Java/J2EE and SOA (326 Blogs) Become a Certified Professional
AWS Global Infrastructure

Programming & Frameworks

Topics Covered
  • C Programming and Data Structures (18 Blogs)
  • Comprehensive Java Course (4 Blogs)
  • Java/J2EE and SOA (323 Blogs)
  • Spring Framework (8 Blogs)

What is Factory Method in Java and how to use it?

Published on Sep 06,2019 2.5K Views
65 / 72 Blog from Java Core Concepts

In simple words, a Java factory pattern helps in creating instances for your classes. As the name signifies Factory, it is a place where different products are created that are similar in features yet divided into categories. So, let us dig deeper and understand the concept of Factory method in Java in detail.

Here are the topics that will be covered in this tutorial:

Let’s begin!

Starting off with the definition of a Java factory pattern.

What is Java factory pattern?

A quick question. How do you create an instance of a class in Java? Mostly by using the “New” keyword. Well, you have a better method here and this is what Java factory pattern is all about.

Factory pattern is used to create instances for classes. The creation of an object is not exposed to the client and the client uses the same common interface to create a new type of object. The core idea behind the static factory method is to create and return instances wherein the details of the class module are hidden from the user.

In a nutshell, a superclass will specify all the standard and generic behaviors and then delegates the creation details to the subclasses which are supplied by the client.

After understanding the actual meaning of the factory method pattern in Java, let us understand the advantages that it offers.

Advantages of Java factory method

I am enumerating a few of the advantages which Java factory method offers:

  1. The object that you create can be used without duplication of code.
  2. If you use a factory method instead of a constructor, the factory method can have different and more descriptive names also .
  3. Also, it removes the instantiation of the implementation classes from the client code.
  4. This method makes the code more robust, less coupled and easy to expand.
  5. Factory pattern through inheritance provides abstraction between implementation and the client classes.

After learning about the advantages, let us move towards our next segment of this article.

Factory pattern implementation

Now, the implementation process might look a bit complex to you. Follow my instructions to understand the procedure step by step.

Firstly, I’m going to create a shape interface and also the respective concrete classes that would implement the shape interface. After that, a factory class is defined.

First of all, an interface is created:

 public interface Shape 
void draw(); 

Then, the concrete classes are created to implement the interface in this manner:

 public class Rectangle implements Shape 
@Override public void draw() 
System.out.println("Rectangle::draw() method."); 
public class Square implements Shape 
@Override public void draw() 
System.out.println("Square::draw() method.");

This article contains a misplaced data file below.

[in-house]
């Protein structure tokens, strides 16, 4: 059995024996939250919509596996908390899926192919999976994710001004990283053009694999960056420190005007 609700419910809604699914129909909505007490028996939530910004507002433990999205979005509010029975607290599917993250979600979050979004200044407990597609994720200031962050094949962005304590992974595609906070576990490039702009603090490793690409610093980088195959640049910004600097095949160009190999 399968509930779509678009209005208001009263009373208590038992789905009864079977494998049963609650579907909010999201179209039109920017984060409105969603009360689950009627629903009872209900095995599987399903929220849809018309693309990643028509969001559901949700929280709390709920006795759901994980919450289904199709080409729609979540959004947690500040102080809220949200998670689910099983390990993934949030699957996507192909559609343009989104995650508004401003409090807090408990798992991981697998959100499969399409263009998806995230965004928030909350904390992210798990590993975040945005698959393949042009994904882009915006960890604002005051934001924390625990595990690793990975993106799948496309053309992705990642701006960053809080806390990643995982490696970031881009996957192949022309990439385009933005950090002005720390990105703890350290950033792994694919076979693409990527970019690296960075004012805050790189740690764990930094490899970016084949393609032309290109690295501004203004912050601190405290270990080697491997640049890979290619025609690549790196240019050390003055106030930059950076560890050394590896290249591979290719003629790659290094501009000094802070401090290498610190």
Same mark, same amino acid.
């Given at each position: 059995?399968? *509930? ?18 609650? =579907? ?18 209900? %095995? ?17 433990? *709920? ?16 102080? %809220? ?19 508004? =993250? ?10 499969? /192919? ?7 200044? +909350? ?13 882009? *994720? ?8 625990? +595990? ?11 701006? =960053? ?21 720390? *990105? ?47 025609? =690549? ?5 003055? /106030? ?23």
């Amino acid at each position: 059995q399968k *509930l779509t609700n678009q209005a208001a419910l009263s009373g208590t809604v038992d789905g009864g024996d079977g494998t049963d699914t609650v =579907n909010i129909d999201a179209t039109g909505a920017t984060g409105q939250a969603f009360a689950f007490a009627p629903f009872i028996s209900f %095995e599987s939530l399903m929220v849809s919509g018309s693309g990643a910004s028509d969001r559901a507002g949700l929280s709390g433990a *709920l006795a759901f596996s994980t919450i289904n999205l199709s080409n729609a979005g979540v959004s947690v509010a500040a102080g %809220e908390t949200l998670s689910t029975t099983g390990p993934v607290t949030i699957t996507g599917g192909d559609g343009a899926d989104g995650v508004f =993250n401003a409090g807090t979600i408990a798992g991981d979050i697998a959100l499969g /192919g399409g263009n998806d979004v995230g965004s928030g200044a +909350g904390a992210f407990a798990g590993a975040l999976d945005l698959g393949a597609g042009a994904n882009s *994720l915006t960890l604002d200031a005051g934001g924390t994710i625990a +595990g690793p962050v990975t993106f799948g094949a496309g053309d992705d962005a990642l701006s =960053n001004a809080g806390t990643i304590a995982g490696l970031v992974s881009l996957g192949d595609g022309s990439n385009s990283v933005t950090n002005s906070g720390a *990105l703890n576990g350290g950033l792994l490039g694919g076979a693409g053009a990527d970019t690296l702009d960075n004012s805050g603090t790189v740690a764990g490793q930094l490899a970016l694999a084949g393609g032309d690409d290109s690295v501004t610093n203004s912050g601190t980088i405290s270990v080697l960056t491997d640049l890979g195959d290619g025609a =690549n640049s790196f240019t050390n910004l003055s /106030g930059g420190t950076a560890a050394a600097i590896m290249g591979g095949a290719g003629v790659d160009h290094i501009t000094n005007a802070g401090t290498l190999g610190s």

public class Circle implements Shape 
@Override public void draw() 
System.out.println("Circle::draw() method."); 

After creating concrete classes, a factory is created to generate the objects.

 public class ShapeFactory 
//use getShape method to get object of type shape 
public Shape getShape(String shapeType)
if(shapeType == null)
return null; 
return new Circle(); 
else if(shapeType.equalsIgnoreCase("RECTANGLE"))
return new Rectangle(); 
else if(shapeType.equalsIgnoreCase("SQUARE"))
return new Square(); 
return null; 

Now, the factory is created to use the objects of the concrete classes to pass the required information:

 public class FactoryPatternDemo
public static void main(String[] args) 
ShapeFactory shapeFactory = new ShapeFactory();
//get an object of Circle and call its draw method. 
Shape shape1 = shapeFactory.getShape("CIRCLE"); 
//call draw method of Circle shape1.draw();
//get an object of Rectangle and call its draw method. 
Shape shape2 = shapeFactory.getShape("RECTANGLE"); 
//call draw method of Rectangle 
//get an object of Square and call its draw method.
Shape shape3 = shapeFactory.getShape("SQUARE"); 
//call draw method of square 


Circle::draw() method.
Rectangle::draw() method.
Square::draw() method.

This is how you implement the factory pattern method through Java code.

I hope the above-mentioned content proved to be helpful in enhancing your Java knowledge. Keep reading, keep exploring!

Also check out Java training by Edureka, a trusted online learning company with a network of more than 250,000 satisfied learners spread across the globe. Edureka’s Java J2EE and SOA training and certification course is designed for students and professionals who want to be a Java Developer. The course is designed to give you a head start into Java programming and train you for both core and advanced Java concepts along with various Java frameworks like Hibernate & Spring.

Got a question for us? Please do mention them in the comments section of this “Factory Method in Java” blog and we will get back to you as soon as possible.


Join the discussion

Browse Categories

webinar_success Thank you for registering Join Edureka Meetup community for 100+ Free Webinars each month JOIN MEETUP GROUP

Subscribe to our Newsletter, and get personalized recommendations.